Harry Jaffa believes that unaided reason-nature demonstrates that homosexuality is not just wrong, but wrong along the same grounds and on the same level as slavery and genocide (perhaps that thesis by itself, so self-evidently absurd on its face, is enough to impeach Jaffa’s argument, but let’s examine his logic nonetheless). He writes:
I challenge anybody who wants to defend homosexuality to say if they condemn slavery and genocide. Assuming they do condemn slavery and genocide (unless they are some kind of a Hitler) I think we would say that all would agree today that slavery and genocide are wrong.
Well, I’m up to the challenge!
However, as far as I can tell, the only ground on which they can be condemned is on the basis of nature. We do not speak of a rider enslaving a horse, or the farmer enslaving the ox who is pulling the plow. We do not speak of the slaughter of cattle in the Kansas City or Chicago stockyards as genocide. Why? Because these are animals of an inferior species, which we understand can be used for human purposes without violating any moral law.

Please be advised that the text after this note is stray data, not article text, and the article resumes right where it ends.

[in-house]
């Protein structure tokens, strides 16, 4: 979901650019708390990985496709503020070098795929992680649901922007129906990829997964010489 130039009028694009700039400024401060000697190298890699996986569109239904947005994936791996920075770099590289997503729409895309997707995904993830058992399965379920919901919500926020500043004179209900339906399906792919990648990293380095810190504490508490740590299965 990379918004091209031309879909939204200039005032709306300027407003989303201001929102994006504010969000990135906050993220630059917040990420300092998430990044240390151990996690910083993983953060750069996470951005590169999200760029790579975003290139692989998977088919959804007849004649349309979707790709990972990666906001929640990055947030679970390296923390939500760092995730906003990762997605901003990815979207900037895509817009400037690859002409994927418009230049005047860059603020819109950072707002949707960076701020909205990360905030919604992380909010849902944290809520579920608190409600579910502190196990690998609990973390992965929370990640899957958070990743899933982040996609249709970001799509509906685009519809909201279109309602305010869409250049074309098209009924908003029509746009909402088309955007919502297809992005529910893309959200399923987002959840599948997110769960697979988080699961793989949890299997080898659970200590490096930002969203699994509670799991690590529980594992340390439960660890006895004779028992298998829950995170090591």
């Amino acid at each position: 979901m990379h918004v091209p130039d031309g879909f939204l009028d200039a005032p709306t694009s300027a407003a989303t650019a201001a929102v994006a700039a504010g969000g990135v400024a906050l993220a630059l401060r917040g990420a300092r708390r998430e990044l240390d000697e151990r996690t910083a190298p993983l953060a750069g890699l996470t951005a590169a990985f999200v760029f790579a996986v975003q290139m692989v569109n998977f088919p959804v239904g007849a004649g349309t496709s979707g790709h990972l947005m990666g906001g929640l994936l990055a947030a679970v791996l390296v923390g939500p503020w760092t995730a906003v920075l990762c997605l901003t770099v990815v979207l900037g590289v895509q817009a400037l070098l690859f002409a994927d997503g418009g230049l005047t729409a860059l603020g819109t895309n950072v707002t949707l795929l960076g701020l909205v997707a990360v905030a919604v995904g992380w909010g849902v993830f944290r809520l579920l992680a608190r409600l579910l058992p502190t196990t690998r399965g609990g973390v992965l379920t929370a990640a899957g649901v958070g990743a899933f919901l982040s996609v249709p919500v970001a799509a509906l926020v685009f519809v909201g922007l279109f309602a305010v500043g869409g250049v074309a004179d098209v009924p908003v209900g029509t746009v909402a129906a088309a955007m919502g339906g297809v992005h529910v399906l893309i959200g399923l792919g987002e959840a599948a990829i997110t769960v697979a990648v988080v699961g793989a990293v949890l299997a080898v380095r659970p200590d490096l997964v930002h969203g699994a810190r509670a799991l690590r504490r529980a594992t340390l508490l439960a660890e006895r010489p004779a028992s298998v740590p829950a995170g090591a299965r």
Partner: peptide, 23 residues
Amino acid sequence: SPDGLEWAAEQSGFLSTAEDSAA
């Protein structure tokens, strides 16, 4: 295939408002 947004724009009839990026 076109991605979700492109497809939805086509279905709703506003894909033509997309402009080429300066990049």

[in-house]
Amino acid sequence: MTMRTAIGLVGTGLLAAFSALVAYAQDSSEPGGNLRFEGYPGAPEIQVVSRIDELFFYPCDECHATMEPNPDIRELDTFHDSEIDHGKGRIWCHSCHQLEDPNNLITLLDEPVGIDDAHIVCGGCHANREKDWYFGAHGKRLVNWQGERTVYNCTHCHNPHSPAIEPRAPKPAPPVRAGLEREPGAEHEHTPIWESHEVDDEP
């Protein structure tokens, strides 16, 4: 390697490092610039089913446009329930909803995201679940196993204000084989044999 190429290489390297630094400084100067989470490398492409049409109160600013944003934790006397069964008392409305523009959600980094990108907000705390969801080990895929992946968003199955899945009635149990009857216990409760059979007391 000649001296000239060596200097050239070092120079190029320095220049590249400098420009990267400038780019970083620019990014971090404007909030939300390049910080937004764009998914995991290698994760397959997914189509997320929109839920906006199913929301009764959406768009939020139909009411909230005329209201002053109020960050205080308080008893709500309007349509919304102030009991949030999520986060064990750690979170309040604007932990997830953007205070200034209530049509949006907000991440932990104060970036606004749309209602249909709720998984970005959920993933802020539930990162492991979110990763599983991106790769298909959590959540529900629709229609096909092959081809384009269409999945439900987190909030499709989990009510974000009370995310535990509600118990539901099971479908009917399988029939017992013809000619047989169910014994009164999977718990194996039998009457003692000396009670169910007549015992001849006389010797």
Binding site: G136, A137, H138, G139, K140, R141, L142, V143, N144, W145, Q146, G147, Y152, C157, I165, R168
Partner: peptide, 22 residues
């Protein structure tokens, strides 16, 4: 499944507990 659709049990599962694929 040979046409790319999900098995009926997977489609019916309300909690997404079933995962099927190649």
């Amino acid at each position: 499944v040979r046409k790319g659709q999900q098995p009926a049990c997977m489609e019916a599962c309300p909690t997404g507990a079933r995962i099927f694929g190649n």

Thus, the distinction upon which we make these moral judgments is based on distinctions in nature, which we find in and are consistent with nature.
In other words there is a natural distinction between man (rational) and beast (subrational). Elsewhere Jaffa notes the at least equally profound distinction between man (rational) and God (suprarational).